Monday, July 23, 2012

Incidents Of Time Travel In The MOCA Drama

[Note about the following blog post: it was written about 3 weeks ago for another online publication operating as a journal, and finished on July 5th. As every day brought a new series of articles, op-eds, letters to the Los Angeles Times (LAT),  articles in the national and international press, etc.  the journal small staff was overwhelmed and the article wasn't published. I'm posting it now with permission from the editor, unadulterated and without any updating, save for a few grammatical edits here and there.
It is written in my normal academic style, without the snark and the smirks and the jokes I usually add on the blog. Consequently it is far less fun to read than this weekend's last post, but probably easier to forward to anybody who doesn't know the current local situation in Los Angeles. Please feel free to re-post anywhere you see fit,  with appropriate due credit  given to FBC!
Lastly,  the article was written as a Word document and exported as a html Webpage; however some of the formatting might conflict with Blogger's settings, especially for the footnotes, my apologies in advance: I'm a writer, not a computer scientist.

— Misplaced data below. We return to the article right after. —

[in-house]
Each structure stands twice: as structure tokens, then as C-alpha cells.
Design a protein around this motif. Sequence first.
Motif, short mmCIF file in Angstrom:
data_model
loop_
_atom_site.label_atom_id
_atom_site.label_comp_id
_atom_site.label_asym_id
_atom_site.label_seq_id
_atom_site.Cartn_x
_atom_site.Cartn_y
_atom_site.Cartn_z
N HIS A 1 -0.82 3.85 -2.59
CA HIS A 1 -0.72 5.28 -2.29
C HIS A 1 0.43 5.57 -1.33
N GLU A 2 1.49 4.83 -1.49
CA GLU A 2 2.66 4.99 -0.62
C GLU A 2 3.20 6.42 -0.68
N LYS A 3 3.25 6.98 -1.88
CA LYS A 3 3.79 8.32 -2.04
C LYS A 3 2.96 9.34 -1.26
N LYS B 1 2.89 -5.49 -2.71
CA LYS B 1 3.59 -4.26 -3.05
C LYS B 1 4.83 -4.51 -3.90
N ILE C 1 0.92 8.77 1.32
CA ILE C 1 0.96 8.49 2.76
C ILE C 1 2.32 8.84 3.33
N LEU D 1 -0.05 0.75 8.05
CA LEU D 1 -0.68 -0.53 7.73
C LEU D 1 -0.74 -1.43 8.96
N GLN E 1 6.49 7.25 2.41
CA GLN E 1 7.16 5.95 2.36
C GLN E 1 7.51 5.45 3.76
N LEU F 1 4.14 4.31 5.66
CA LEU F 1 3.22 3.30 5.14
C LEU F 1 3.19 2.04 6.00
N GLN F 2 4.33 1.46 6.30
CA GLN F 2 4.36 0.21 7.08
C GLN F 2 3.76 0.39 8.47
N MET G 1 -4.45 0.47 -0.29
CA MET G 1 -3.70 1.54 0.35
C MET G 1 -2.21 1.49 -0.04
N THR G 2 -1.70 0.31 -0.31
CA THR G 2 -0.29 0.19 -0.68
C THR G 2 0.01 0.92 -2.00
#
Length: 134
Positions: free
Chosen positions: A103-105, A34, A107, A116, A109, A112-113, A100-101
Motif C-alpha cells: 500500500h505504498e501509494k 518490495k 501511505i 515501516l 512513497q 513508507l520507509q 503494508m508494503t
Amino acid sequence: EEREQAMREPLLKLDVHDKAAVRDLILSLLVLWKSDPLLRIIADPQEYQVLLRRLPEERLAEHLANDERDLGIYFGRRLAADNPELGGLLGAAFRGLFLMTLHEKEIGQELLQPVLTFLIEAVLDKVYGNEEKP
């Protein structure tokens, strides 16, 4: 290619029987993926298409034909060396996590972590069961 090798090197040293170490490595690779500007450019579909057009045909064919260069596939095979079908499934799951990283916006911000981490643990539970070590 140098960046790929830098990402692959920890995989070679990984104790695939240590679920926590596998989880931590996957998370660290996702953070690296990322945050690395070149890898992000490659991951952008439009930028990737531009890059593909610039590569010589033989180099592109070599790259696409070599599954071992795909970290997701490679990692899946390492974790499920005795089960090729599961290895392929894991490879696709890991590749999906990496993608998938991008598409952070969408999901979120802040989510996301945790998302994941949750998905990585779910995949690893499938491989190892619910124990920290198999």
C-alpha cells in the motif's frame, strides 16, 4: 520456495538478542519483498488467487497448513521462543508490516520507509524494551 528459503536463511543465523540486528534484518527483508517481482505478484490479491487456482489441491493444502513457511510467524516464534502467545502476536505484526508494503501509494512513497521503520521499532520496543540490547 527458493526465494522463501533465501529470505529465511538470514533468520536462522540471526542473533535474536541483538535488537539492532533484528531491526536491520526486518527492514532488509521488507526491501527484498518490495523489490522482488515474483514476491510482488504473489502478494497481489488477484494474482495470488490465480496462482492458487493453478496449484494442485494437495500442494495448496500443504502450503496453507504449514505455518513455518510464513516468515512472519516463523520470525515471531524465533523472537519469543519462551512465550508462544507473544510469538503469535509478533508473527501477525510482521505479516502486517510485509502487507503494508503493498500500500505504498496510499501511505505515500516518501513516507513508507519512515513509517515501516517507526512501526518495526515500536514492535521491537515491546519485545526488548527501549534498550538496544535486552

All images © Susan Silton]

It is with a certain sense of bitter irony that the Los Angeles art community is currently witnessing the brutal slide into provincialism of our Museum of Contemporary Art (MOCA), as it coincides with the recent Pacific Standard Time (PST) series of exhibitions organized under the Getty’s aegis, and meant to celebrate the rich history of modern and contemporary art in Los Angeles and the city’s elevated status on the international art scene.

 Founded in 1979 by contemporary art collectors and devotees at a time when there wasn’t a local collecting institution entirely devoted to modern and contemporary art in Los Angeles, the museum was created with the mission “ […] to be the defining museum of contemporary art. MOCA engages artists and audiences through an ambitious program of exhibitions, collection, education, and publication. MOCA identifies and supports the most significant and challenging art of its time, places it in historical context, and links the range of the visual arts to contemporary culture. MOCA provides leadership by actively fostering and presenting new work, emerging media, and original scholarship.”[i]

Welcomed and supported enthusiastically by the region’s art community, the museum rose to international prominence in the following decades, with epoch-defining exhibitions such as A Forest of Sign, Helter Skelter, Out of Actions or Whack!, organizing key retrospectives for the likes of Robert Rauschenber, Martin Kippenberger or Dan Graham, acquiring major, significant artworks with the Panza di Biumo Collection, and generally supporting seminal Los Angeles-based international artists such as Mike Kelley, Charlie Ray, Andrea Zittel, Liz Larner or Edward Ruscha.

A crucial figure in articulating MOCA’s historical achievements was Chief Curator Paul Schimmel, whose announcement of his abrupt departure on June 28[ii] has created a commotion in the national and international art community, sending rumors around about its exact circumstances and what it all means for MOCA, with conflicting reports of either his firing or his resignation.